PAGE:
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I knew this day was coming in 2009, and its here

Exit forum ID Forum Discussion I knew this day was coming in 2009, and its here

This topic contains 5 replies, has 2 voices, and was last updated by   Christopher Stepien November 15, 2018 at 7:17 am.

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    Matthew Ellerbrock

      “The human ego prefers anything, just about anything, to falling or changing or dying.  The ego is that part of you that loves the status quo, even when its not working.  It attaches to the past and present, and fears the future.”

      In 2009 I had a great year, reaching a few milestones that I had set out and was feeling pretty good about myself and my practice.  There was that sinking realization that I was really hitting the same group of people with really good insurance pretty hard with big rehab plans and many many visits.  Practice wasn’t a lot of fun, but it was profitable.

      I knew that a new contract at one of our major employers could ‘nuke’ my office if a high deductible plan would come in.  Luckily I came across an ID youtube video (the load capacity one) and it solved a few problems.

      1.  I was on my path to providing value, not just services that patients enjoyed as long as they were free.

      2.  I was engaged (finally) in something that made sense and I could sell without feeling like a jerk.  Every other technique would have me scratching my head (I mean seriously Clarence Gonstead, in all due respect, our line of drive is through the disc plane?, how about those facet joints, where do they go?)

      3.  Practice has now become so much fun.  Its really cool to work through a case and see how it plays out, the skill set of 5 years of coaching calls and a bunch of seminars has given me a skill set to set up shop and kick butt with swagger.  (and humility of course, as the road is long and bumpy)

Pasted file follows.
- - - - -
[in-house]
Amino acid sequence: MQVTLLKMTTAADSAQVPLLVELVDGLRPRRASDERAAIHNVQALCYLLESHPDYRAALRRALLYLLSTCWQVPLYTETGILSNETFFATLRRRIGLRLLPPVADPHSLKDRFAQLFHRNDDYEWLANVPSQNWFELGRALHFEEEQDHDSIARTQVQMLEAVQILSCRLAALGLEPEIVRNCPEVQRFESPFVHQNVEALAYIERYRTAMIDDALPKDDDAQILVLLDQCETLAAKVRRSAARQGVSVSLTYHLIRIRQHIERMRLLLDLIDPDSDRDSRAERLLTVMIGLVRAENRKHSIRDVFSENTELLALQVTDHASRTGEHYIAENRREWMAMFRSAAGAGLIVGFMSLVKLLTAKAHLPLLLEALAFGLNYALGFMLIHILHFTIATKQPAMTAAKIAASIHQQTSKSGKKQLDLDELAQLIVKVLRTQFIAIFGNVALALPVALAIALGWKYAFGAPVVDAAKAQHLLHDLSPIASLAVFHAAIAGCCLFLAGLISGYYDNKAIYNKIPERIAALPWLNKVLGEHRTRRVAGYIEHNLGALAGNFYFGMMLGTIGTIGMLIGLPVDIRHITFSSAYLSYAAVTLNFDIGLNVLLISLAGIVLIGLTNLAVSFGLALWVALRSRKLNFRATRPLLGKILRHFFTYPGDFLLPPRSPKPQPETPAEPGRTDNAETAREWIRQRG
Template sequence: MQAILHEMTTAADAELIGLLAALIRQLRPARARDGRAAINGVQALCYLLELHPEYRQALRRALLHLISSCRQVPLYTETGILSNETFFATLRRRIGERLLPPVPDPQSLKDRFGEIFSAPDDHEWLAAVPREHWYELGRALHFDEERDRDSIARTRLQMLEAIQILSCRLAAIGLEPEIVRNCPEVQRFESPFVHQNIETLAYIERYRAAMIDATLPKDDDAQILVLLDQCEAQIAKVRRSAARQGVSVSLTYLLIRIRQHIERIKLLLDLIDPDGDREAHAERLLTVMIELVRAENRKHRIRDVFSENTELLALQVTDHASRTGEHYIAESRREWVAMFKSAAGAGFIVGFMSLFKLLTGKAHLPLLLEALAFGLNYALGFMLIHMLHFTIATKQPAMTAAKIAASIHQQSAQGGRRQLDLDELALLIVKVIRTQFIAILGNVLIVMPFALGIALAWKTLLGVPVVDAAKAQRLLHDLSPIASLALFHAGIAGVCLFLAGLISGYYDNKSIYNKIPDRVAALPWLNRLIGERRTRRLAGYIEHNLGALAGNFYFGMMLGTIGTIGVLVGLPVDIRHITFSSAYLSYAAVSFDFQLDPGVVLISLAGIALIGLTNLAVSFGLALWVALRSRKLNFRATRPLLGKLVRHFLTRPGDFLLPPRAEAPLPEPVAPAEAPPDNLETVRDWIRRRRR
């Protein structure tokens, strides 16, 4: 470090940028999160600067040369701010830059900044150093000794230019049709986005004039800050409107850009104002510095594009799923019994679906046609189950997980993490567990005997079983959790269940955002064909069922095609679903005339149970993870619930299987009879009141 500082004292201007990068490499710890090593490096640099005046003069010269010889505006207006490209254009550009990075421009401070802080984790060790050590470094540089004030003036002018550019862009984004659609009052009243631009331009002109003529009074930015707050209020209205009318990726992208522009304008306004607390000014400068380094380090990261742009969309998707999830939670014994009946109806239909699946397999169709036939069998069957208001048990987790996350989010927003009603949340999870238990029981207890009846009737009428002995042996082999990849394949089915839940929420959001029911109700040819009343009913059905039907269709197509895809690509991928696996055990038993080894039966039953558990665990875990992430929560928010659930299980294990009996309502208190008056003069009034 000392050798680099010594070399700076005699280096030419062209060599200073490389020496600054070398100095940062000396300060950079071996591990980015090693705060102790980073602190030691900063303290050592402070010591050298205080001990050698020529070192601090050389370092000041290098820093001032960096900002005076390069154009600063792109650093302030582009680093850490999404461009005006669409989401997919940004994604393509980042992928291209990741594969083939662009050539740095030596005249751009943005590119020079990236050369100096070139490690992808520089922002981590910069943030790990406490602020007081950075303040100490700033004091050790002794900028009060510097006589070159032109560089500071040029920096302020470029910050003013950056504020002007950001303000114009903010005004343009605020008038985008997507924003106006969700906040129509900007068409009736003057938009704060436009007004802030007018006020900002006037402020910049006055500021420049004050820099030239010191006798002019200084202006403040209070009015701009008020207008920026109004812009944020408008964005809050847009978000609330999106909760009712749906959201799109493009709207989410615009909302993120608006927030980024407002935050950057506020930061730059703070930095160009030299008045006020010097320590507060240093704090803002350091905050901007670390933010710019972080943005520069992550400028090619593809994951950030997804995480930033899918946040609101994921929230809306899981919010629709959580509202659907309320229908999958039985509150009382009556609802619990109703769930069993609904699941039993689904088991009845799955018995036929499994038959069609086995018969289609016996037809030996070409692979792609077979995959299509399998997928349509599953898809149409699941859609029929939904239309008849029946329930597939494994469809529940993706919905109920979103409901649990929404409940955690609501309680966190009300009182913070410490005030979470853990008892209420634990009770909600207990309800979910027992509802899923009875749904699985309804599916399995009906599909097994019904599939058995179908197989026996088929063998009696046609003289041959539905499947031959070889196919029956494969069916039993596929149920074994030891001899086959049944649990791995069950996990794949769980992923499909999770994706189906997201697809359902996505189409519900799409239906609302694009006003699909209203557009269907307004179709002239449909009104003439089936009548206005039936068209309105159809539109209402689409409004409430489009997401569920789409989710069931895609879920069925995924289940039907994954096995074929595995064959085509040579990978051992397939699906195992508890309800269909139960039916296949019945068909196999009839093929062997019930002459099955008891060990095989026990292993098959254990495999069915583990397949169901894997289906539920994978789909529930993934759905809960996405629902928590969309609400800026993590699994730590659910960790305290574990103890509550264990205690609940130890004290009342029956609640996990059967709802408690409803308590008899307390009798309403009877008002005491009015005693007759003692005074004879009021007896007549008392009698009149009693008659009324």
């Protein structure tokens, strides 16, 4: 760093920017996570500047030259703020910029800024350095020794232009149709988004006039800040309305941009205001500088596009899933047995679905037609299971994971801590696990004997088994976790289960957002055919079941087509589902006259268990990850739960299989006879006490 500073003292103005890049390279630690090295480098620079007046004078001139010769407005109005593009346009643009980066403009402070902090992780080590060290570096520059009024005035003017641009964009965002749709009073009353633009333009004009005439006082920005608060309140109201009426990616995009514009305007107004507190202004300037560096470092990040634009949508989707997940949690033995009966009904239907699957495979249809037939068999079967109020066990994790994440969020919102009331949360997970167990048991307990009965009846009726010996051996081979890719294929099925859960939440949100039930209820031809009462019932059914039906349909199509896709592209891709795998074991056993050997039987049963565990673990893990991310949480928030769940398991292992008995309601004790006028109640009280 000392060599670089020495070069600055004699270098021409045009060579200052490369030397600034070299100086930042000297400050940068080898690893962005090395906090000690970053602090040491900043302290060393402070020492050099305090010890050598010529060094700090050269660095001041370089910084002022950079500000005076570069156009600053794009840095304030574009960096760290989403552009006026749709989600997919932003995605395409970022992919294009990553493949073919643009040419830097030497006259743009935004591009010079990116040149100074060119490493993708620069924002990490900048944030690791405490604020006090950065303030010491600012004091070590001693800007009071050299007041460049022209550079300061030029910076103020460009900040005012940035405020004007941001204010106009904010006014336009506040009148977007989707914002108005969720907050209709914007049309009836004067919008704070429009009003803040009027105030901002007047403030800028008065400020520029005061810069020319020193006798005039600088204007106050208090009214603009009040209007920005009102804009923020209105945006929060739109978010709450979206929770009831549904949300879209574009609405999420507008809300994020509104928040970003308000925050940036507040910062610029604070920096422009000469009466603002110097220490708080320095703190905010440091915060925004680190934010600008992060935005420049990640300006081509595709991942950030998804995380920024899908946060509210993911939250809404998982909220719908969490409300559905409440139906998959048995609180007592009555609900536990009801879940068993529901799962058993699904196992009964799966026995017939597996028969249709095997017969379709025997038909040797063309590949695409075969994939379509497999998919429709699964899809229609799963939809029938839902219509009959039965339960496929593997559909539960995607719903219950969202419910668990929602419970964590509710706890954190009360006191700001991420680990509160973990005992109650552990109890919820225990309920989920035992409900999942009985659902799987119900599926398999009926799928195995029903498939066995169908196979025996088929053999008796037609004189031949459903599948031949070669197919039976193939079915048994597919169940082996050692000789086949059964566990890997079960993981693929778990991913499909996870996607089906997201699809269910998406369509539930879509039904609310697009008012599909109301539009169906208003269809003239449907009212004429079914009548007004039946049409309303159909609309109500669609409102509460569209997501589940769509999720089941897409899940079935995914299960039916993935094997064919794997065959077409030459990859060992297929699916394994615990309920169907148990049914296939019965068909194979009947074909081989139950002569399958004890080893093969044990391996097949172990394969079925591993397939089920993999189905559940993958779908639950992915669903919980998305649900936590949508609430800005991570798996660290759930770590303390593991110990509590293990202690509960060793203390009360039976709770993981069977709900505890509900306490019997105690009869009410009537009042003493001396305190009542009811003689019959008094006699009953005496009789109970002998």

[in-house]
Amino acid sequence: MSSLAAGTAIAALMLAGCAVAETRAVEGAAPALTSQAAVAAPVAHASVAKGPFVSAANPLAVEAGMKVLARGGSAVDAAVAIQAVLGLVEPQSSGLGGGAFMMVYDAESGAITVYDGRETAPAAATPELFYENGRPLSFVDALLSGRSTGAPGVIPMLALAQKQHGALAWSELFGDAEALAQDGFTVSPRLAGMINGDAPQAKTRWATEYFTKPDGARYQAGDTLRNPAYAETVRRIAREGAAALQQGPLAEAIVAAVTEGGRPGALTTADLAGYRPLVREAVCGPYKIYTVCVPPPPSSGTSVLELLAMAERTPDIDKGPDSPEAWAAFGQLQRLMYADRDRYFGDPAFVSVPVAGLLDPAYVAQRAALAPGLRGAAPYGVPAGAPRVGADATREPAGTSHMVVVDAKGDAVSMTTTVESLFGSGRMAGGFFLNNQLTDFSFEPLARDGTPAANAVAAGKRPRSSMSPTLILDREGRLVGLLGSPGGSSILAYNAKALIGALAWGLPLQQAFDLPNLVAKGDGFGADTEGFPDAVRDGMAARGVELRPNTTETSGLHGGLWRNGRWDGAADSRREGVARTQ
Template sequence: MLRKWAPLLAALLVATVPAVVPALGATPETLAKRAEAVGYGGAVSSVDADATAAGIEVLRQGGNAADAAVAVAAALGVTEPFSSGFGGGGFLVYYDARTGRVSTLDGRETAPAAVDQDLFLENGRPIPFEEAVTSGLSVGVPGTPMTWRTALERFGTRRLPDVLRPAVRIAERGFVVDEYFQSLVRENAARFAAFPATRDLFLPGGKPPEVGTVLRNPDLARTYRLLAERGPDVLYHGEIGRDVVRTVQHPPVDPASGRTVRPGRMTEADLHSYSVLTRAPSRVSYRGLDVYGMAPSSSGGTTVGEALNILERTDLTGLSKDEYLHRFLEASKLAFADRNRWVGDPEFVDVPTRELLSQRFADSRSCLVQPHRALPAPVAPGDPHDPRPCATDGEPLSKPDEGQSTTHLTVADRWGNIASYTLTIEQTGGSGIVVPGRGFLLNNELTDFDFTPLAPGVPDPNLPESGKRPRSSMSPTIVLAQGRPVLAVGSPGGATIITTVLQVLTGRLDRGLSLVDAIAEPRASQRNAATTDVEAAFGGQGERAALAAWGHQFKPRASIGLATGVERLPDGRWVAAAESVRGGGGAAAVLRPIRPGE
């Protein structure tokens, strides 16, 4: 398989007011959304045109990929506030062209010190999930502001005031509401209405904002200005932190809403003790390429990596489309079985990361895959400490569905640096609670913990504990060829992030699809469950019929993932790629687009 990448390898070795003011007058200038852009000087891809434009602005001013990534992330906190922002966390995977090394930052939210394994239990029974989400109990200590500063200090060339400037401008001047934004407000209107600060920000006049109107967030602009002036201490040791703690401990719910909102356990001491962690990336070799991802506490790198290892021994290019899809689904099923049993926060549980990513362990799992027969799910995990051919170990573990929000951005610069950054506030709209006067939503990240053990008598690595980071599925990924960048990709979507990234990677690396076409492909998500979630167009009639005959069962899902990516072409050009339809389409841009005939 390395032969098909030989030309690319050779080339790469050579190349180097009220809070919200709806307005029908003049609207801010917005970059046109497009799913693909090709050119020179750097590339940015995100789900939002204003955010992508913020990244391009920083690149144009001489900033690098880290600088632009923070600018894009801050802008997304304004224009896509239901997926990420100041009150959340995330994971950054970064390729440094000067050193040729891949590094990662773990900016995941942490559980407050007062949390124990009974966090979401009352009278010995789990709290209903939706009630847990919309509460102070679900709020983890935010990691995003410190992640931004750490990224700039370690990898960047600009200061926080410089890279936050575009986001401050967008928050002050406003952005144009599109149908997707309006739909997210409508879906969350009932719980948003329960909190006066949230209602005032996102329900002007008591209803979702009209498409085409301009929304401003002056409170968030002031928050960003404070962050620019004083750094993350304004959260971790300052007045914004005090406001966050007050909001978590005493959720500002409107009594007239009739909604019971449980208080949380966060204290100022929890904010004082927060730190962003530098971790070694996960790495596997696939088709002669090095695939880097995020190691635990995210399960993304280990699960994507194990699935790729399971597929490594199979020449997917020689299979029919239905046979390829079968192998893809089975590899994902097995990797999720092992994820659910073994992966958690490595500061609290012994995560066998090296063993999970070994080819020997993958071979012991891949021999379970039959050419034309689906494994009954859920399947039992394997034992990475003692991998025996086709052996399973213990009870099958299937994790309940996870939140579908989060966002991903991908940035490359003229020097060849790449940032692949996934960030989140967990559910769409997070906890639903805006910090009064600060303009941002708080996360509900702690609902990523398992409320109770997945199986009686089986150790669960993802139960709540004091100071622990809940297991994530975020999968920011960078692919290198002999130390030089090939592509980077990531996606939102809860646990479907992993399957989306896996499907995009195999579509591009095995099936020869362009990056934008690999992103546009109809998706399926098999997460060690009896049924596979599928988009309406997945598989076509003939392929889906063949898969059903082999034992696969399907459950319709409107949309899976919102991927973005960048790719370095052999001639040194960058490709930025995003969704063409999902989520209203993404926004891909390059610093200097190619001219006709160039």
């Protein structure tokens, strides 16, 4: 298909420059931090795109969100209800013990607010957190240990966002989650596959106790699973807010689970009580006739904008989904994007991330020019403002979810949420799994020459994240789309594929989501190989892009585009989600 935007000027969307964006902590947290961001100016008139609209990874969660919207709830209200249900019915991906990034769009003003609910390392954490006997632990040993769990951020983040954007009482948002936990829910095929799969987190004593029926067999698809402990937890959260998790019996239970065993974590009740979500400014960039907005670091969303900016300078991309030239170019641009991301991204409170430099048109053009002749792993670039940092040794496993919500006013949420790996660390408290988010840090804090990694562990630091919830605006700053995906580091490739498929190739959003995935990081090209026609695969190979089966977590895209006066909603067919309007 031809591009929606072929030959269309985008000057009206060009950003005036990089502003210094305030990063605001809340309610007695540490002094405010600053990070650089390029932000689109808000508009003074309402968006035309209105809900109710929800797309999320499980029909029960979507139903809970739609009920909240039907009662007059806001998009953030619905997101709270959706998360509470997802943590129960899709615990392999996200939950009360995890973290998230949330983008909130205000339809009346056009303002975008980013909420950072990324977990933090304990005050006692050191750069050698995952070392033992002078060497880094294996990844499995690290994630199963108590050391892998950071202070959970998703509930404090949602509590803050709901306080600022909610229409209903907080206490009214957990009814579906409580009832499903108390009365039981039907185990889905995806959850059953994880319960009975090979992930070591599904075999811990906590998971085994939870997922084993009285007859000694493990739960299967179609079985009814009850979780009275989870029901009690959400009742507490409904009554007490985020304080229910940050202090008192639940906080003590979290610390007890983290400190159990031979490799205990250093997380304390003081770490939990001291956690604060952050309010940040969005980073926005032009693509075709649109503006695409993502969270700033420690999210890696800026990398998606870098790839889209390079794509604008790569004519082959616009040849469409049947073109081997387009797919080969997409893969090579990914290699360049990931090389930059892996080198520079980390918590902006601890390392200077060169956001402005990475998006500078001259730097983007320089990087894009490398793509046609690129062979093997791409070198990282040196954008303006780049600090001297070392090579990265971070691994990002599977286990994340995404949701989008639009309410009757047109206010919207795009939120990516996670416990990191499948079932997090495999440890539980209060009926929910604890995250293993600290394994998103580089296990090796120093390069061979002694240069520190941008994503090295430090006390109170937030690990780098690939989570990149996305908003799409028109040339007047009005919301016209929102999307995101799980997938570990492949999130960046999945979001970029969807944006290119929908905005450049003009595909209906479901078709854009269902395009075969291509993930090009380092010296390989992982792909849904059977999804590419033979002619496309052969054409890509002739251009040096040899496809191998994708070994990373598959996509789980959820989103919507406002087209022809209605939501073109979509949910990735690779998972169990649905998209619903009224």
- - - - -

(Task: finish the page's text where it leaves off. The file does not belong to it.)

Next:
That day has finally come.  Ohio has basically two insurance companies that control 80% of the market in the state.  MMO and Anthem.  I was currently in a PHO that collectively bargained decent reimbursements for the doctors.  I was paid 94% of my cash fee from Anthem, and 112% from MMO.  Anthem was 47% of my patient base, MMO another 23%.   I didnt advertise or market externally and kept my practice full.

      It has been on my radar, and Bill has always said that when I look back on it I will have wished I had done it sooner.

      Anyhow, Mercy health in its infinite corporate evil, bought our major hospital chain and abolished our little group of doctors who banded together to fight for a living wage.  So this morning they had all payers come to town and let us know what happens after this current contract expires.  Spoiler alert!  Its not a happy ending for the little guys, or the people who fork over $2000 per month for coverage.

      I spent about 2.5-3 minutes with the Anthem rep who was super cool.  She said with no hesitation that services by PT and chiros will be cut minimum 20% across the board.  Most likely 30% and will continue to drop every year for the next three years.  I liked how matter of fact she was and that the cut was HUGE!   I went in hoping that the decision would be made for me.

      MMO didnt bother to show up, but I rent space to an OT and when she credentialed with MMO I laughed at the $18 for ther ex, and $21 for CMT, $18 for man therapy on the fee schedule.  I cannot imagine they will have a better offer for me.

      So as of 3/31/19 I will be a cash practice (when the PHO expires).  I have already dropped all the little ones.  Good quality patients stayed and write checks.  Flaky ones hit the road. I am about 30% cash right now, and over 60% of my income comes directly from patients due to high deductible plans anyhow.

      Any words of wisdom on this flip would be great.  I do not fear this day and actually welcome the whole process.  But I do want to make the transition as smooth as it can be on everyone.